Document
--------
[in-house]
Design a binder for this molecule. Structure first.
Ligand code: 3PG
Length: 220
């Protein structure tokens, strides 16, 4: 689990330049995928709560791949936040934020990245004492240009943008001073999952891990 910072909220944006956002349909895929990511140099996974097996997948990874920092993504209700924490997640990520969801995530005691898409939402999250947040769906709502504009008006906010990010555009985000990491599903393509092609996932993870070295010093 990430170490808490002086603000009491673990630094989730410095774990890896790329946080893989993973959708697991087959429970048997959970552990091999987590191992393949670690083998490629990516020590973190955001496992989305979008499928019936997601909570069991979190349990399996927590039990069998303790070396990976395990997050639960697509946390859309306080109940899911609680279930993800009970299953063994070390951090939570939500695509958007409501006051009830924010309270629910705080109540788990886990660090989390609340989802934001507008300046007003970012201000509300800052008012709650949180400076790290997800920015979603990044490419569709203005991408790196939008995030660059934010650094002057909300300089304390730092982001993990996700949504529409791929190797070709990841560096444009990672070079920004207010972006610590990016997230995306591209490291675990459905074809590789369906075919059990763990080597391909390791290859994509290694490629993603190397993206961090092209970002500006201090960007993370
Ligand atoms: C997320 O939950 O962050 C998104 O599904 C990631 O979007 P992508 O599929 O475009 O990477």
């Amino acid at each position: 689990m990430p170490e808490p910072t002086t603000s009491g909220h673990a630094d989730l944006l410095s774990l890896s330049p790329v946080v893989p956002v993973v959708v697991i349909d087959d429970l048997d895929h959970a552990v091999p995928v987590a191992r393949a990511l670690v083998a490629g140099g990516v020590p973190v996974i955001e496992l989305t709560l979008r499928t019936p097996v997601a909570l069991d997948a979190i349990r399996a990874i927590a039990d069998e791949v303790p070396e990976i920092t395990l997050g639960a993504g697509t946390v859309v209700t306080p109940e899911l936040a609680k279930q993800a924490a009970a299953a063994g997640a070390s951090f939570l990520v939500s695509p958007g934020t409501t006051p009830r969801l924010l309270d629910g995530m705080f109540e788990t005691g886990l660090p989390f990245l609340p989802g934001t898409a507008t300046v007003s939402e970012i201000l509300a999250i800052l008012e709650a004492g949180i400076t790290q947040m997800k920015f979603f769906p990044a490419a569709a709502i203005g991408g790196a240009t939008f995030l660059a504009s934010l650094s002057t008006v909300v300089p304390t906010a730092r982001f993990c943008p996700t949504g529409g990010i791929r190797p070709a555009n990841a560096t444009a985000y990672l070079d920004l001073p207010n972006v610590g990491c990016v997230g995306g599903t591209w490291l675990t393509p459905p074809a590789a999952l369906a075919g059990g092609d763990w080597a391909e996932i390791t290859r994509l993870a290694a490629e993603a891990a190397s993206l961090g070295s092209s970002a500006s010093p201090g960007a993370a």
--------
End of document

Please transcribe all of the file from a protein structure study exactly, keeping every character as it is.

[in-house]
Design a binder for this molecule. Structure first.
Ligand code: 3PG
Length: 220
């Protein structure tokens, strides 16, 4: 689990330049995928709560791949936040934020990245004492240009943008001073999952891990 910072909220944006956002349909895929990511140099996974097996997948990874920092993504209700924490997640990520969801995530005691898409939402999250947040769906709502504009008006906010990010555009985000990491599903393509092609996932993870070295010093 990430170490808490002086603000009491673990630094989730410095774990890896790329946080893989993973959708697991087959429970048997959970552990091999987590191992393949670690083998490629990516020590973190955001496992989305979008499928019936997601909570069991979190349990399996927590039990069998303790070396990976395990997050639960697509946390859309306080109940899911609680279930993800009970299953063994070390951090939570939500695509958007409501006051009830924010309270629910705080109540788990886990660090989390609340989802934001507008300046007003970012201000509300800052008012709650949180400076790290997800920015979603990044490419569709203005991408790196939008995030660059934010650094002057909300300089304390730092982001993990996700949504529409791929190797070709990841560096444009990672070079920004207010972006610590990016997230995306591209490291675990459905074809590789369906075919059990763990080597391909390791290859994509290694490629993603190397993206961090092209970002500006201090960007993370
Ligand atoms: C997320 O939950 O962050 C998104 O599904 C990631 O979007 P992508 O599929 O475009 O990477």
């Amino acid at each position: 689990m990430p170490e808490p910072t002086t603000s009491g909220h673990a630094d989730l944006l410095s774990l890896s330049p790329v946080v893989p956002v993973v959708v697991i349909d087959d429970l048997d895929h959970a552990v091999p995928v987590a191992r393949a990511l670690v083998a490629g140099g990516v020590p973190v996974i955001e496992l989305t709560l979008r499928t019936p097996v997601a909570l069991d997948a979190i349990r399996a990874i927590a039990d069998e791949v303790p070396e990976i920092t395990l997050g639960a993504g697509t946390v859309v209700t306080p109940e899911l936040a609680k279930q993800a924490a009970a299953a063994g997640a070390s951090f939570l990520v939500s695509p958007g934020t409501t006051p009830r969801l924010l309270d629910g995530m705080f109540e788990t005691g886990l660090p989390f990245l609340p989802g934001t898409a507008t300046v007003s939402e970012i201000l509300a999250i800052l008012e709650a004492g949180i400076t790290q947040m997800k920015f979603f769906p990044a490419a569709a709502i203005g991408g790196a240009t939008f995030l660059a504009s934010l650094s002057t008006v909300v300089p304390t906010a730092r982001f993990c943008p996700t949504g529409g990010i791929r190797p070709a555009n990841a560096t444009a985000y990672l070079d920004l001073p207010n972006v610590g990491c990016v997230g995306g599903t591209w490291l675990t393509p459905p074809a590789a999952l369906a075919g059990g092609d763990w080597a391909e996932i390791t290859r994509l993870a290694a490629e993603a891990a190397s993206l961090g070295s092209s970002a500006s010093p201090g960007a993370a």